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Implementation Science: New Approaches to Integrating Quality and Safety Education for Nurses Competencies in Nursing Education

Dolansky, Mary A. PhD, RN, FAAN; Schexnayder, Julie DNP, RN; Patrician, Patricia A. PhD, RN, FAAN; Sales, Anne PhD, RN

doi: 10.1097/NNE.0000000000000422
Feature Articles

Although quality and safety competencies were developed and disseminated nearly a decade ago by the Quality and Safety Education for Nurses (QSEN) project, the uptake in schools of nursing has been slow. The use of implementation science methods may be useful to accelerate quality and safety competency integration in nursing education. The article includes a definition and description of implementation science methods and practical implementation strategies for nurse educators to consider when integrating the QSEN competencies into nursing curriculum.

Author Affiliations: Associate Professor and Senior Nurse Scholar, Director of the QSEN Institute, Senior Nurse Scholar VA Quality Scholars Program (Dr Dolansky), School of Nursing, and VA Quality Scholar Fellow and PhD Student (Dr Schexnayder), Louis Stokes VA Medical Center and Case Western Reserve University, Cleveland, Ohio; Donna Brown Banton Endowed Professor and Senior Nurse Scholar, VA Quality Scholars Program, School of Nursing, University of Alabama at Birmingham and Birmingham VA Medical Center (Dr Patrician), Alabama; and Professor and Associate Chair for Education Programs and Health System Innovation, Director, Health Infrastructures and Learning Systems, Research Scientist, Center for Clinical Management Research, Schools of Nursing and Medicine, University of Michigan and VA Ann Arbor Healthcare System (Dr Sales).

The authors declare no conflicts of interest.

The development of the article was funded by an Agency for Healthcare Research and Quality conference grant no. 0422.

The views expressed in this article do not necessarily reflect the official policies of the Department of Health and Human Services nor does mention of trade names, commercial practices, or organization imply endorsement by the US Government.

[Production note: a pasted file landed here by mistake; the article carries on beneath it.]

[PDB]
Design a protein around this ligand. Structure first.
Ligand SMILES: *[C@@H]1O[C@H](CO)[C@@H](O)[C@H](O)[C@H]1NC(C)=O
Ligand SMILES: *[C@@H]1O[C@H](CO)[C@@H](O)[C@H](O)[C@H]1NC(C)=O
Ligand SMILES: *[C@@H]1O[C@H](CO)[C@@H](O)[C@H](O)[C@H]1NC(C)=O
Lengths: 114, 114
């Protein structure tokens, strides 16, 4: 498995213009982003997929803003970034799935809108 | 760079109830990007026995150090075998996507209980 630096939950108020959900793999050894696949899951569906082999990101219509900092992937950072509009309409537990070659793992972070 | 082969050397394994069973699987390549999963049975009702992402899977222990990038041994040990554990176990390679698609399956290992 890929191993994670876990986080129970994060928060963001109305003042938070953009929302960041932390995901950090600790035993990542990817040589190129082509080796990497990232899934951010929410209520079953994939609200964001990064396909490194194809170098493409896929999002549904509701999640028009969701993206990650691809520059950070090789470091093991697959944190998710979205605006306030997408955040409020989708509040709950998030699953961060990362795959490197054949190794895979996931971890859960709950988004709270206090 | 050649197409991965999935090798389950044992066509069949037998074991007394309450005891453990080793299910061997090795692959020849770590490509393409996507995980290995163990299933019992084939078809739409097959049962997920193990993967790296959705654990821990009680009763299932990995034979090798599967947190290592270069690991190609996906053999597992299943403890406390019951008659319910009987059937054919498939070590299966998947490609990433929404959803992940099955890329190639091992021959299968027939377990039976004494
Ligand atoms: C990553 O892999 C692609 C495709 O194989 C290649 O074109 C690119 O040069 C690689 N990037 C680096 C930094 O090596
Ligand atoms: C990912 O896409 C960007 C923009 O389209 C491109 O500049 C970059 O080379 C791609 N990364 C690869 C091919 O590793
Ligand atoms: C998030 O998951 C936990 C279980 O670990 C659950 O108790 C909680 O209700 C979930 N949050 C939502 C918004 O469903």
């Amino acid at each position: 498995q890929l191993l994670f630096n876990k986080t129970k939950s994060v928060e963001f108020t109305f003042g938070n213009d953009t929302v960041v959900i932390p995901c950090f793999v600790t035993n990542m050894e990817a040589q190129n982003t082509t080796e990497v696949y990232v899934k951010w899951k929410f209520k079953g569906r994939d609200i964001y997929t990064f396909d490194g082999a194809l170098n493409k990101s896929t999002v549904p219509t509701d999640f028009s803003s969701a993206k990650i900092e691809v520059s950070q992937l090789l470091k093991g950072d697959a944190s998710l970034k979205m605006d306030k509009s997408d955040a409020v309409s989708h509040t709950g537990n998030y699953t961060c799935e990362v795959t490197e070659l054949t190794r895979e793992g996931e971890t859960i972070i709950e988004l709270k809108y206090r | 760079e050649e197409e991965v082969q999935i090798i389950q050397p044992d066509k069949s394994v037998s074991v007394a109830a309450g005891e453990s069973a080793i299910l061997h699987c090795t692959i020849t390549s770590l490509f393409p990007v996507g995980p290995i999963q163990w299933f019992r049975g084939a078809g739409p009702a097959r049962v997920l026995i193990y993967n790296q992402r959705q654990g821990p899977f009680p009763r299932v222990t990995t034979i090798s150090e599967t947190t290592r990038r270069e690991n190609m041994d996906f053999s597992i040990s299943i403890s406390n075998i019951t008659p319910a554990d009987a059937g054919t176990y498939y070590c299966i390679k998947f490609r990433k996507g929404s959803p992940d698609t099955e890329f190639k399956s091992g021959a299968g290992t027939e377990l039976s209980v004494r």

Correspondence: Dr Dolansky, Case Western Reserve University, 2120 Cornell Rd, Cleveland, OH 44106 (

Accepted for publication: June 4, 2017

Despite modest improvements in health care quality over the past 15 years, errors in health care continue to cause more deaths than motor vehicle accidents and plane crashes combined, and patients are still routinely exposed to wide variations in the quality of health care that they receive.1-3 Quality and safety competencies exist for students of undergraduate and graduate programs in nursing and medicine; however, implementation of these competencies has been slow.4 Inconsistent integration of the competencies into standard curricula exists, and there is an absence of methods to effectively evaluate competency achievement. It is not clear if our efforts are preparing health care professionals who place quality and safety at the forefront of their practice.

In 2003, the Institute of Medicine (IOM) described 5 high-level essential competencies for delivery of safe and high-quality care: quality improvement, patient centeredness, informatics, evidence-based practice, and teamwork.5 Based on this work, what followed was the development of competencies in medicine6 and nursing, specifically the Quality and Safety Education for Nurses (QSEN) competencies.7 The QSEN used the 5 IOM competencies and added safety as a final competency for nursing. From these 6 competencies, 186 knowledge, skills, and attitude (KSAs) statements were developed and validated.

The QSEN initiative, now the QSEN Institute, provides resources to facilitate implementation of QSEN competencies into nursing education. Online resources include teaching strategies, evaluation tools, videos, and links to other sites such as the Institute for Healthcare Improvement. Additional education and collaboration opportunities are available through the annual International QSEN Conference. Learning modules exist on the QSEN Web site to support nurse faculty efforts to integrate the competencies. The “Managing Curricular Change for QSEN Integration” (Learning Module 9 provides an implementation framework and specific tools for implementation. Despite a growing number of resources to support nursing faculty efforts and claims that they are undertaking steps to implement quality and safety competencies, implementation of QSEN competencies into nursing education is still lacking.4 The purpose of this article is to describe implementation science and to offer pragmatic strategies to further integrate quality and safety competencies into nursing education programs.

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Implementation Science Defined